GEOG 3205 – Internal Structure of the City
Throughout history, cities have been an object of scholarly research. This research is increasingly relevant as more than 3.5 billion people across the world now live in urban areas (a number that is expected to nearly double in the next 30 years). Scholars consider both internal and external structures of cities in order to answer questions such as: What is a city? How do cities form? What contributes to urbanization? Is there something unique about the urban? Does the physical environment have independent causal powers (i.e., does the environment determine society)? Or do social relations exist independently of the physical environment? External approaches focus on linkages between cities and within global urban systems, while internal approaches focus on patterns and processes inside cities (although internal and external structures are interrelated). This course examines the internal structure of cities by considering theoretical frameworks geographers have used to understand old and new urban challenges, alongside empirical engagements with themes of particular interest to urban geographers such as sustainability, transportation, housing, retail and manufacturing, and gentrification, among others. Usually offered each fall semester.
GEOG 4000/5000 – Food, Migration, and Place
As people move in the world, food plays a central role in shaping identity, reproducing myth and ritual, and connecting diasporic communities. This mobility establishes dynamic foodways and gives rise to new food landscapes through which we can understand temporally connected sites of intense interaction. This writing intensive course will unpack these processes through investigating the dynamics of food production and consumption in a transnational world. Recognizing the centrality of culinary culture in migrant identities, this course will focus on the role of food habits, rituals, and practices in producing and sustaining shared identities and places. Students will gain an understanding of these relations through engagement with case studies and literature addressing the complex spaces we inhabit in a transnational world. Usually offered each spring semester.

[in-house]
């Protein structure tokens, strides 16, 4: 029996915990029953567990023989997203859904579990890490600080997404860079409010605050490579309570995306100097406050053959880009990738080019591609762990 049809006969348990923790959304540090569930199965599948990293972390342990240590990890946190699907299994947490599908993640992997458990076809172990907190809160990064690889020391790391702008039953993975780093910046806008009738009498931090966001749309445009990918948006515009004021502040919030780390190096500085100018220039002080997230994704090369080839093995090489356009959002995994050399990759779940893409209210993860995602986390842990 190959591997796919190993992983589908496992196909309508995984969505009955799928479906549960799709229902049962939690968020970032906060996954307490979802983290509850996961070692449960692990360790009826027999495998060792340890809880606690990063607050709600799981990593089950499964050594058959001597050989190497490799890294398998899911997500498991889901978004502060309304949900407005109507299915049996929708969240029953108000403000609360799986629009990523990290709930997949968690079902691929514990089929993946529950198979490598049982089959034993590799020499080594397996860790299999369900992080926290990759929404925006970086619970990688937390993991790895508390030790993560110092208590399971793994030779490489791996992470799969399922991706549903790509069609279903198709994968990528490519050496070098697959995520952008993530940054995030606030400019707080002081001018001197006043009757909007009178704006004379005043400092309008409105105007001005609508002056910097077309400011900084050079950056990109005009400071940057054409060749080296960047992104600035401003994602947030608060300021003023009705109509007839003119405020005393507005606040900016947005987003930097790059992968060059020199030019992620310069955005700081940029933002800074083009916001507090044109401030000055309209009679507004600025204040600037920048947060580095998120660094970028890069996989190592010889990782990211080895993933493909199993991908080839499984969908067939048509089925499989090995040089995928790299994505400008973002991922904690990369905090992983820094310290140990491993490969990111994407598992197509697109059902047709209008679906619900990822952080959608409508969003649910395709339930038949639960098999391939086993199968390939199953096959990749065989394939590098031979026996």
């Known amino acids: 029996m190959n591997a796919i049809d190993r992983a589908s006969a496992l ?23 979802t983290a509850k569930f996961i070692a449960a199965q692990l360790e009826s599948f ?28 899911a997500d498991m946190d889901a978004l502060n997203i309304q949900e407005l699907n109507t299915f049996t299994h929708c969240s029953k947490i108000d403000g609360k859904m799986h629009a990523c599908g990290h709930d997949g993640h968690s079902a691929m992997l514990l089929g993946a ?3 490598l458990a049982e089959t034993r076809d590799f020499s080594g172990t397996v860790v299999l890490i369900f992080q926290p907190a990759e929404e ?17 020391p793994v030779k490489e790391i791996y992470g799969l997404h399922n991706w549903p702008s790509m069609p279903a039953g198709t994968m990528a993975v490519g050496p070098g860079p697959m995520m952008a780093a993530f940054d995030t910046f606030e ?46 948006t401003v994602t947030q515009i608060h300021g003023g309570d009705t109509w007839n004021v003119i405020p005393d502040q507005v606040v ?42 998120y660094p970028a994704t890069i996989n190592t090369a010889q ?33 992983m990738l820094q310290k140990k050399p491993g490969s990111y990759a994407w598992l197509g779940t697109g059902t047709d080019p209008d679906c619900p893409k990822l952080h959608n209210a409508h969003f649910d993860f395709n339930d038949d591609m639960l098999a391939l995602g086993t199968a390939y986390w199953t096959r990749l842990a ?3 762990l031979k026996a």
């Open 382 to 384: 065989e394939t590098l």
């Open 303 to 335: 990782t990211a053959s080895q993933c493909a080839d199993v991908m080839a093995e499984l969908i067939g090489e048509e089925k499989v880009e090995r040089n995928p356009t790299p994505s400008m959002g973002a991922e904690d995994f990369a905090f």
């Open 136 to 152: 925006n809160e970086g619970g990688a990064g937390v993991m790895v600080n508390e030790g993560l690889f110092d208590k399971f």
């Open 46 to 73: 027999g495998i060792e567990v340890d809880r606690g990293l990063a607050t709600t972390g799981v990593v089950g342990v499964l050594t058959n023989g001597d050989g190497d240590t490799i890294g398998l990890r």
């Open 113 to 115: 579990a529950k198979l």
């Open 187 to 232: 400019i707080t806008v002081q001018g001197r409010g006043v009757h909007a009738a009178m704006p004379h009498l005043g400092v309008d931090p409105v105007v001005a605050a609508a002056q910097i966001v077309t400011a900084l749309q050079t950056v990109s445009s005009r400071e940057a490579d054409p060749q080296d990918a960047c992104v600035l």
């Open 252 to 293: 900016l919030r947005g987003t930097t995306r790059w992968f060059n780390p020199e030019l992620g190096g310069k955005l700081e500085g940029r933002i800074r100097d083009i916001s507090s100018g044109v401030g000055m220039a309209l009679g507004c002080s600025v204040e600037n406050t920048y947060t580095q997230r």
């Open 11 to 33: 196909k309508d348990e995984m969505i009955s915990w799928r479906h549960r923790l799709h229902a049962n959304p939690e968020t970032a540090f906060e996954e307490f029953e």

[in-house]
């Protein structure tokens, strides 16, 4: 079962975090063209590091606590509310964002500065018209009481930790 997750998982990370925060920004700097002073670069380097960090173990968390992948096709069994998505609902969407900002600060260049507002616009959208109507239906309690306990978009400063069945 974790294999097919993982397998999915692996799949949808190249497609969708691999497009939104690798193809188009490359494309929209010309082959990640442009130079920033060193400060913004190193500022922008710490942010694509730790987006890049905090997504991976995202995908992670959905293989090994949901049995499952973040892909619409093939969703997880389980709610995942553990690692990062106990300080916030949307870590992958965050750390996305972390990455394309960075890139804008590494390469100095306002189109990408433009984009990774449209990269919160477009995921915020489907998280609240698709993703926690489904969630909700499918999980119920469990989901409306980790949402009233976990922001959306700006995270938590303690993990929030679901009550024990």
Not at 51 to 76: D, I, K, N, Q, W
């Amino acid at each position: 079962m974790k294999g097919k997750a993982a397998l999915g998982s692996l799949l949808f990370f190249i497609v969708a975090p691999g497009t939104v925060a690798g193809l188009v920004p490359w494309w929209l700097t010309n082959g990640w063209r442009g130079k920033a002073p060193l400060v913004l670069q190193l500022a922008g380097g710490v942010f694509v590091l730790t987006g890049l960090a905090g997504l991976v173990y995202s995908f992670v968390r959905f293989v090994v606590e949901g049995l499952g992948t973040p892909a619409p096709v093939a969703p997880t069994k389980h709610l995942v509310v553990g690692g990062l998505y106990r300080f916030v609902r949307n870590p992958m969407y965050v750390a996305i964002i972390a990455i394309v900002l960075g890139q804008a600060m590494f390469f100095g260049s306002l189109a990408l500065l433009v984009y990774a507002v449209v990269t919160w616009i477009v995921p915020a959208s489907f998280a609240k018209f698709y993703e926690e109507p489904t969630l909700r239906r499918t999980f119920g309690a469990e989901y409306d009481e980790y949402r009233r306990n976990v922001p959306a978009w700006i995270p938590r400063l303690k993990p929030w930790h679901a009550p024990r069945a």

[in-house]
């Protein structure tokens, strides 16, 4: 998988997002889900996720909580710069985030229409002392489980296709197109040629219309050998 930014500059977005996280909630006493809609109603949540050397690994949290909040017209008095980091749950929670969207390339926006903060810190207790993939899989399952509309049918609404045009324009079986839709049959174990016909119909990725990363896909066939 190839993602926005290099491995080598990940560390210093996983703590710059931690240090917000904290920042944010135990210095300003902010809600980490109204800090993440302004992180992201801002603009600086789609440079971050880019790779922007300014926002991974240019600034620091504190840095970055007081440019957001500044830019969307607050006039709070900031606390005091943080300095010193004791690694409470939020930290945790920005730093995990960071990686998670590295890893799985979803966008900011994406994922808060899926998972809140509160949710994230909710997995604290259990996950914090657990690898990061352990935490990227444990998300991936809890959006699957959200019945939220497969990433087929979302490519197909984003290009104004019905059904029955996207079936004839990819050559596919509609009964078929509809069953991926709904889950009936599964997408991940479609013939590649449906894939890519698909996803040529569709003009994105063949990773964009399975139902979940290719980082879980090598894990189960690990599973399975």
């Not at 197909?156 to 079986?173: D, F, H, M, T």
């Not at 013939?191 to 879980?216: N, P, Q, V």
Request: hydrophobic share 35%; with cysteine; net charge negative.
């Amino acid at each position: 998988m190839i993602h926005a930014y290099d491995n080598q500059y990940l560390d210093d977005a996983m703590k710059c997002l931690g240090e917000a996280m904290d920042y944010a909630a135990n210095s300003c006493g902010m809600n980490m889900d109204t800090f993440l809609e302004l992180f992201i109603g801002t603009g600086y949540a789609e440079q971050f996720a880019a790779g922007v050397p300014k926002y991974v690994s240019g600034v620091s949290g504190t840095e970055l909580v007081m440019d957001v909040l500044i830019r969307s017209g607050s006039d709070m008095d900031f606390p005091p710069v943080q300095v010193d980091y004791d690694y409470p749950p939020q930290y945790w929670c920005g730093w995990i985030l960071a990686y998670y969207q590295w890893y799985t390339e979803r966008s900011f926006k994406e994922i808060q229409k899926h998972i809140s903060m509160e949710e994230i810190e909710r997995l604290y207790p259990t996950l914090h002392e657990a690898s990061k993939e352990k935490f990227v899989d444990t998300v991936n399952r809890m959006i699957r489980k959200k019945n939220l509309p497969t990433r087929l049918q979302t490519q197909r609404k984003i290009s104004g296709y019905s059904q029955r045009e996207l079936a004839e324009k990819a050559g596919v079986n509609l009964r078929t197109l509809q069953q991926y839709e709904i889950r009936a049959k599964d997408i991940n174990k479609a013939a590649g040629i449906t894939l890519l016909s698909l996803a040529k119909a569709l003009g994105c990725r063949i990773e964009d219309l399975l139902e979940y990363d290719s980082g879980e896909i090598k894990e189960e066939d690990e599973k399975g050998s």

GEOG 6115/8115 – Qualitative Methods in Geography
This course offers an overview of a set of qualitative research methods commonly used in the geosciences. In addition to reviewing the evolution and theoretical underpinnings of qualitative approaches in the field generally, the course will explore the application and evaluation of various methodologies such as, but not limited to, interviews, focus groups, discourse analysis and participatory research. Issues of research design, rigor, ethics and communication of qualitative methods will also be addressed. Usually offered once every three semesters.
GEOG 6210/8210 – The Restructuring City
Cities worldwide have, over the last 30-40 years, undergone radical transformation. Grounded in both global and local changes of economy, society and state, contemporary urban restructuring challenges the way we understand cities and gives rise to new and complex processes, structures and urban relationships. This course places at center stage the causes and consequences of contemporary urban restructuring and evaluates the theoretical, planning and policy challenges it inevitably presents. Usually offered once every three semesters.
GEOG 6215/8215 – Urban Identities: Explorations of power, inequality, and identity in contemporary cities
Contemporary cities are idealized as cosmopolitan places inhabited by residents of different genders, ethnicities, sexualities, classes, and other identities. Yet each of these intersecting identities can produce varied experiences, struggles, and uses of urban space. Gendered and classed ideas and assumptions produce certain home and workplace designs, physical features of public space, and utilization of different modes of transportation. Power relations shape who is allowed to use urban spaces in which ways; who determines the building, development, and destruction of neighborhoods; and who benefits from investments in urban life. This course examines the production and maintenance of relations of power, inequality, and identity in contemporary cities. Foundational frameworks in feminist, critical race, sexuality, post-colonial, and intersectional theory are employed to understand the social and spatial organization of contemporary cities. We address questions of how social relations shape urban spaces, including: How do multiple and contradictory identities of race, class, gender, sexuality, citizenship, ability, and other axes of difference shape everyday experiences of the city? How are contemporary debates about the city imbued with racialized, gendered, and classed meanings? What would alternative geographies grounded in intersecting identities look like? Usually offered once every three semesters.